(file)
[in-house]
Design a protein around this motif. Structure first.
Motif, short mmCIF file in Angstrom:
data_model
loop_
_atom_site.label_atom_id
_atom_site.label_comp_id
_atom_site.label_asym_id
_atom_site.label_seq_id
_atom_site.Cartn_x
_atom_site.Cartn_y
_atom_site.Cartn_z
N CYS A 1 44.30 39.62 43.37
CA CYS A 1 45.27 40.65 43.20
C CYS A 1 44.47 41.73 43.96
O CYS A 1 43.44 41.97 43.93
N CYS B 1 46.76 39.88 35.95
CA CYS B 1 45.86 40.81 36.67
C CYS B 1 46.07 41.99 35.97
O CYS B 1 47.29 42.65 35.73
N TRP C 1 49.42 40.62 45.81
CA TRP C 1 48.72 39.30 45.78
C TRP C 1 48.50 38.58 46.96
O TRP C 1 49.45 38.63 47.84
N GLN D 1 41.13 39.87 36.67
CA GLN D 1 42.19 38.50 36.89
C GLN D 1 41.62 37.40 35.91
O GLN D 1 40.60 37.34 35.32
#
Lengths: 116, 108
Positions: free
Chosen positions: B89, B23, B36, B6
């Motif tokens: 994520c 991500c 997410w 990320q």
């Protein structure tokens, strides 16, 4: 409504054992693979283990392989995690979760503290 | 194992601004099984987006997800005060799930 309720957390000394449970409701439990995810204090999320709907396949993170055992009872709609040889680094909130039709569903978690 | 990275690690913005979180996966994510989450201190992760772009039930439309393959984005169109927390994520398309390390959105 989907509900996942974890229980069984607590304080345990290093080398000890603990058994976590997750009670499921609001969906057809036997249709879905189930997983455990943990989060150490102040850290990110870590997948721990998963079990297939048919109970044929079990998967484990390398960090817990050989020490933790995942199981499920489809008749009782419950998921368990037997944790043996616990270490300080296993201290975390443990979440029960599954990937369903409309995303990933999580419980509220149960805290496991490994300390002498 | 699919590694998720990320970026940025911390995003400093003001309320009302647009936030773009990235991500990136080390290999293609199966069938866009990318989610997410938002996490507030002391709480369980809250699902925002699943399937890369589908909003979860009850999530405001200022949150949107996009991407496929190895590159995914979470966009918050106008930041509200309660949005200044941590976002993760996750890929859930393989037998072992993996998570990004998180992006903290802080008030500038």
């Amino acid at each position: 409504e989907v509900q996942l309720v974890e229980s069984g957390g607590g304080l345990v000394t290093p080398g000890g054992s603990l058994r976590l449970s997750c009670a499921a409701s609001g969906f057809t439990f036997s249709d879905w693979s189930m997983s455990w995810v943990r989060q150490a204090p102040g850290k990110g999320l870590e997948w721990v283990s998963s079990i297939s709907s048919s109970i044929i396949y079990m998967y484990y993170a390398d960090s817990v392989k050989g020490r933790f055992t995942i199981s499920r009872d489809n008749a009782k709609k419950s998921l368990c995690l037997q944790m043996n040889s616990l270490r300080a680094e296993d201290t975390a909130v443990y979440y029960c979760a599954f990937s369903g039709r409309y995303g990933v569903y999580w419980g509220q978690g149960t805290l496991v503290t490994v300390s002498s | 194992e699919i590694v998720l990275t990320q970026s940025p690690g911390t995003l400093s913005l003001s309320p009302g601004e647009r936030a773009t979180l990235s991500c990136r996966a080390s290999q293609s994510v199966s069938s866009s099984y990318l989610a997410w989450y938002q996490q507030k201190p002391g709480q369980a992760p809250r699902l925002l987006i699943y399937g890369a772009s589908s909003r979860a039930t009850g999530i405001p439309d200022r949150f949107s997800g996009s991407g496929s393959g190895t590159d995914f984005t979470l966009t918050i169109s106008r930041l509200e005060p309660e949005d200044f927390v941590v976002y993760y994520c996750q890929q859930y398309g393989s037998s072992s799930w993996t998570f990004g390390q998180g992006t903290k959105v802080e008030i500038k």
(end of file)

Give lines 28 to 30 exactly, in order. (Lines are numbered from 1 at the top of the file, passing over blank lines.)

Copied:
O GLN D 1 40.60 37.34 35.32
#
Lengths: 116, 108